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MicroRNAs (miRNAs) are regulatory RNAs found in multicellular eukaryotes, including humans, where they are implicated in cancer. The let-7 miRNA times seam cell terminal differentiation in C. elegans. Here we show that the let-7 family negatively regulates let-60/RAS. Loss of let-60/RAS suppresses let-7, and the let-60/RAS 3'UTR contains multiple let-7(More)
Non small cell lung cancer (NSCLC) is the leading cause of cancer-related mortality world-wide and the majority of cases are diagnosed at late stages of disease. There is currently no cost-effective screening test for NSCLC, and the development of such a test is a public health imperative. Recent studies have suggested that chest computed tomography(More)
MicroRNAs (miRNAs) have recently emerged as an important new class of cellular regulators that control various cellular processes and are implicated in human diseases, including cancer. Here, we show that loss of let-7 function enhances lung tumor formation in vivo, strongly supporting the hypothesis that let-7 is a tumor suppressor. Moreover, we report(More)
MicroRNAs (miRNAs) are small, noncoding RNAs that regulate gene expression in both plants and animals. miRNA genes have been implicated in a variety of important biological processes, including development, differentiation, apoptosis, fat metabolism, viral infection, and cancer. Similar to protein-coding messenger RNAs, miRNA expression varies between(More)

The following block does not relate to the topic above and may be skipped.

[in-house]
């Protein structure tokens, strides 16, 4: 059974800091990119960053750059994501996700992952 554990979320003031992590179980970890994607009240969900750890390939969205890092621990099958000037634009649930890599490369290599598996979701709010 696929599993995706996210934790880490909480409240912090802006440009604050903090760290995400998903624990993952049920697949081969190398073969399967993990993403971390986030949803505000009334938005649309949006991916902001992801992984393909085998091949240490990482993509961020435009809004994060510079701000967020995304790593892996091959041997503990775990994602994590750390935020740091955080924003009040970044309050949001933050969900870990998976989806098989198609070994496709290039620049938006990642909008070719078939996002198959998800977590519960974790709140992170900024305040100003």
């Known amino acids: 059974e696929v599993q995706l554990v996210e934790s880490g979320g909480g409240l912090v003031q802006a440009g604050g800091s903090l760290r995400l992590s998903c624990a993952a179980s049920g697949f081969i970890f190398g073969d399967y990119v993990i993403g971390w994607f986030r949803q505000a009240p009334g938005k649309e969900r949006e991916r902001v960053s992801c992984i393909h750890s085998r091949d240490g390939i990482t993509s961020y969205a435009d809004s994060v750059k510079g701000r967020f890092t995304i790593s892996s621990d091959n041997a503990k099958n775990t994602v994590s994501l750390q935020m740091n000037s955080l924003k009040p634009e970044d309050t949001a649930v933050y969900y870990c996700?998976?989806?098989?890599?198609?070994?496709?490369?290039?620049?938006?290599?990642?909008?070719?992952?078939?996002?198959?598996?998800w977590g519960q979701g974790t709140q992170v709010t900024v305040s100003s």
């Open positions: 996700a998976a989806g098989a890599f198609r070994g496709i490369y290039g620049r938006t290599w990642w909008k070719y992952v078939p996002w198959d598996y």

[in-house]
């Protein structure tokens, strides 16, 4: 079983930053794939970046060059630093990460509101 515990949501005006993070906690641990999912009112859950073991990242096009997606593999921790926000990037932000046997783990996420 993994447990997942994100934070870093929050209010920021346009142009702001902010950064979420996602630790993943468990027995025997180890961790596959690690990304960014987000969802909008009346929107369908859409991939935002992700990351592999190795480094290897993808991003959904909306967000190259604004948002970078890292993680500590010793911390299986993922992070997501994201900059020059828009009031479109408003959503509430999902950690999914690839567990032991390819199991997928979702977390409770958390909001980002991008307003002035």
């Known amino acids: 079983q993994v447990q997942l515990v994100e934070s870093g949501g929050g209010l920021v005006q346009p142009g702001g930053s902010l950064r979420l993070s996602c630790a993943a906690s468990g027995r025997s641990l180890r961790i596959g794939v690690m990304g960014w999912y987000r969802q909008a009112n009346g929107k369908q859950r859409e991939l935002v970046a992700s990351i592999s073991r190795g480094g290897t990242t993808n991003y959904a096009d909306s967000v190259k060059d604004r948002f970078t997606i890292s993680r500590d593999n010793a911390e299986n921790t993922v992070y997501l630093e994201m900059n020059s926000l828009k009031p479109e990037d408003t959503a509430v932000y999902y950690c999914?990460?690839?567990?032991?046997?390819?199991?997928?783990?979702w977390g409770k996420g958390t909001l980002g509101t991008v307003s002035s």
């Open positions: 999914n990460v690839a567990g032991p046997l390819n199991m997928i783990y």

To gain understanding of surveillance and epidemiology of viral gastroenteritis outbreaks in Europe, we compiled data from 10 surveillance systems in the Foodborne Viruses in Europe network. Established surveillance systems found Norovirus to be responsible for >85% (N =3,714) of all nonbacterial outbreaks of gastroenteritis reported from 1995 to 2000.(More)
In the period 1992-2000, the Public Health Laboratory Service Communicable Disease Surveillance Centre collected standardized epidemiologic data on 1,877 general outbreaks of Norovirus (formerly "Norwalk-like virus") infection in England and Wales. Seventy-nine percent of general outbreaks occurred in health-care institutions, i.e., hospitals (40%) and(More)
Healthcare-associated outbreaks of gastroenteritis are an increasingly recognized problem, but detailed knowledge of the epidemiology of these events is lacking. We actively monitored three hospital systems in England for outbreaks of gastroenteritis in 2002 to 2003. A total of 2,154 patients (2.21 cases/1,000-hospital-days) and 1,360 healthcare staff (0.47(More)
The importance of foodborne viral infections is increasingly recognized. Food handlers can transmit infection during preparation or serving; fruit and vegetables may be contaminated by fecally contaminated water used for growing or washing. And the globalization of the food industry mean that a contaminated food item may not be limited to national(More)
The number of deaths in England and Wales associated with gastrointestinal pathogens, norovirus in particular, in persons >or=65 years was estimated for 2001-2006. Regression analysis was used to model monthly counts of gastrointestinal pathogens in fecal samples from infected patients against monthly counts of deaths from infectious and noninfectious(More)
BACKGROUND Reverse transcription-polymerase chain reaction (RT-PCR) is the main method for laboratory diagnosis of norovirus-associated infectious intestinal disease (IID). However, up to 16% of healthy individuals in the community, with no recent history of IID, may be RT-PCR positive; so it is unclear whether norovirus is actually the cause of illness in(More)